goto finish;
    }
printf("Buffer :::: %d\n",buf[0]);

    /* ... and play it */
    if (pa_simple_write(s_out, buf, sizeof(buf), &error) < 0) {
        fprintf(stderr, __FILE__": pa_simple_write() failed: %s\n", pa_strerror(error));
        goto finish;
    }
}

/* Make sure that every single sample was played */
if (pa_simple_drain(s_out, &error) < 0) {
    fprintf(stderr, __FILE__": pa_simple_drain() failed: %s\n", pa_strerror(error));
    goto finish;
}

ret = 0;

finish:

if (s_in)
    pa_simple_free(s_in);
if (s_out)
    pa_simple_free(s_out);

return ret;
}
share|improve this question

1 Answer 1

up vote 2 down vote accepted

In RecordSound and PlaybackSound you're initializing temporary variables with pa_simple_new. This value is lost once function returns, and you passing NULL to next one.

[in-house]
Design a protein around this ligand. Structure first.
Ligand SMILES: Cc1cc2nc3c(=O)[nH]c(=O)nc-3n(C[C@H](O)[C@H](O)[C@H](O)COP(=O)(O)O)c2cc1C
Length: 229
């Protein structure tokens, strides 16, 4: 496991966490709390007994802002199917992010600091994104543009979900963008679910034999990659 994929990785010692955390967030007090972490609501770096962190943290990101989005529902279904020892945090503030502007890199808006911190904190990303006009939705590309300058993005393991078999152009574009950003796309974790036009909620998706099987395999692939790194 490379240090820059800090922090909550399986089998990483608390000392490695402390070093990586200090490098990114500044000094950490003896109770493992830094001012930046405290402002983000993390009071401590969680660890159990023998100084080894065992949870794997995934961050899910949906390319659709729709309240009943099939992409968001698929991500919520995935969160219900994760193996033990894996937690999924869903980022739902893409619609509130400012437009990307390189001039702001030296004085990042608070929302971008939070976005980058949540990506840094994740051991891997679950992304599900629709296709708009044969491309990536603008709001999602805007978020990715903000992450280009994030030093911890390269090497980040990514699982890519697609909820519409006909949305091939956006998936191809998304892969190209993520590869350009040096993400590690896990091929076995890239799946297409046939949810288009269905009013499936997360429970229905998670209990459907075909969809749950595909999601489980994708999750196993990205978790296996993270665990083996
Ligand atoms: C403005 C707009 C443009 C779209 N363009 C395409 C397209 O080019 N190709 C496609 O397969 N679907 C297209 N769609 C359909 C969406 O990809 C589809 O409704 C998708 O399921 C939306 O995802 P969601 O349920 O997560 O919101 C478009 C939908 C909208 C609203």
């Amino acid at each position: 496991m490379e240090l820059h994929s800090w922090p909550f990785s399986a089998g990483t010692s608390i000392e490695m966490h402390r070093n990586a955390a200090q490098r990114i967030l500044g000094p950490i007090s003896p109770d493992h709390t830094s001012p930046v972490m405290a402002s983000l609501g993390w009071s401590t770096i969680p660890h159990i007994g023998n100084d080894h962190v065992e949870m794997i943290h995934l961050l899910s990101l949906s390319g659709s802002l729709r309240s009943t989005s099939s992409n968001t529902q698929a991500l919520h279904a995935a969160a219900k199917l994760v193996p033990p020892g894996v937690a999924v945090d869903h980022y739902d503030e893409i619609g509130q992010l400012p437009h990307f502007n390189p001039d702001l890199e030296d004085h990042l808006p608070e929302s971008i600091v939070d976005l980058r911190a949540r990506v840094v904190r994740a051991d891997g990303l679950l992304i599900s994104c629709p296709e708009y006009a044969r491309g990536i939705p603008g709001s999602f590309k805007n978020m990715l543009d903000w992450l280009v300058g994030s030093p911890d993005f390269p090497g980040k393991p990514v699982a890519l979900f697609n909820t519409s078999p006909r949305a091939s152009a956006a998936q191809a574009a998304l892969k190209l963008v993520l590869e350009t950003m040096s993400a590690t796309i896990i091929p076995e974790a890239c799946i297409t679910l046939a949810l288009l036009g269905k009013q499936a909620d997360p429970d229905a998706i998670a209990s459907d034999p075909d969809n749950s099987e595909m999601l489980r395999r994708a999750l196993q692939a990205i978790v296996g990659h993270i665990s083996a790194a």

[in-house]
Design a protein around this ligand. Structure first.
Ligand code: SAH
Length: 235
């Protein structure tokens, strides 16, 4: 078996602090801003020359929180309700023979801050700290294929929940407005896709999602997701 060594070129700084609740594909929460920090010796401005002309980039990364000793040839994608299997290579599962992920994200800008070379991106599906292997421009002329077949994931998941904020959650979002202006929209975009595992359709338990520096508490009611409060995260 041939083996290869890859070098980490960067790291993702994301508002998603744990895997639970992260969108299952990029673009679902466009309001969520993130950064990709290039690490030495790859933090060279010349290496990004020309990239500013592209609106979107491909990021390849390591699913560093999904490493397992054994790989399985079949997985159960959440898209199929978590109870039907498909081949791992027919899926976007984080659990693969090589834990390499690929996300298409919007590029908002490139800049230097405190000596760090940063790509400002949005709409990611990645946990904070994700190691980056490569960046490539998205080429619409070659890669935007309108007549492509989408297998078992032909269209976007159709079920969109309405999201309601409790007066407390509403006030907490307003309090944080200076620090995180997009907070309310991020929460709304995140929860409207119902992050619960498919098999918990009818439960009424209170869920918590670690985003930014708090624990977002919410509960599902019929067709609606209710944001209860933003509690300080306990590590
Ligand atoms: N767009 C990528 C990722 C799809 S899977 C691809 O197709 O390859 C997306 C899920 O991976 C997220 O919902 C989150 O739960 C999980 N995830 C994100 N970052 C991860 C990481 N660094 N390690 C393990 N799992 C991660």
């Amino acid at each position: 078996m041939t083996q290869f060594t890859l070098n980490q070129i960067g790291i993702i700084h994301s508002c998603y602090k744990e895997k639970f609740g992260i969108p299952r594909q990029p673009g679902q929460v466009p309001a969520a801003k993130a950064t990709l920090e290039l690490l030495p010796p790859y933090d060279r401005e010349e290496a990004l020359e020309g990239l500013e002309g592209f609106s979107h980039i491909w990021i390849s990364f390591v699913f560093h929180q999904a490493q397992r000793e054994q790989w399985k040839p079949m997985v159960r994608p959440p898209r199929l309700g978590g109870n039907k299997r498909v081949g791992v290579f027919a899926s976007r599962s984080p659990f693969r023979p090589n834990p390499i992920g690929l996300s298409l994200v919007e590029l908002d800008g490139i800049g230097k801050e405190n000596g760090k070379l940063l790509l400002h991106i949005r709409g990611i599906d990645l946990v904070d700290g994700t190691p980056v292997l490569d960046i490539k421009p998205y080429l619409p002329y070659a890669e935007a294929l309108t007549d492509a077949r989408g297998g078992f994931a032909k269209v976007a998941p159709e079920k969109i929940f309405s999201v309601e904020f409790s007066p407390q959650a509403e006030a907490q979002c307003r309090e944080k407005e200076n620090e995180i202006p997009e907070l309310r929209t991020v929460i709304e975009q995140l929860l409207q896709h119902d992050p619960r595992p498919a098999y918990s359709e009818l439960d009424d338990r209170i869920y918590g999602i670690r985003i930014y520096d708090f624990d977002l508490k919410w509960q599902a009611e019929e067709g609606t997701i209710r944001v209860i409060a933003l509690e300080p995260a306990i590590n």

share|improve this answer
    
what should be the solution? –  Naseef Ur Rahman Jan 30 '13 at 3:58
    
something like void RecordSound(int argc,char *argv[],pa_simple *&s_in,pa_sample_spec &ss,pa_simple *&s_out,uint8_t buf[],ssize_t r); should do the trick (making s_in and s_out references to pointers), and the same for second function. However, this is kinda wrong design. These object should be either created by separate functions or be part of your class. –  keltar Jan 30 '13 at 4:10
    
I have given you the whole code of C and C++. There is no more classes. –  Naseef Ur Rahman Jan 30 '13 at 4:18
    
Not what i meant. You have class with two functions that, for some reason, creates new objects. If it isn't something you're willing to change - than these functions should either store these pointers within AudioCapt (btw, just noticed - you haven't initialized m_pMyObject. it works for your specific case, because you don't accessing any object data and don't calling virtual functions, but it still wrong and will fall in anything not that trivial) or these functions should return pointer to created objects. –  keltar Jan 30 '13 at 4:39
    
I am still not getting you. Will you change my code to help me? –  Naseef Ur Rahman Jan 30 '13 at 5:07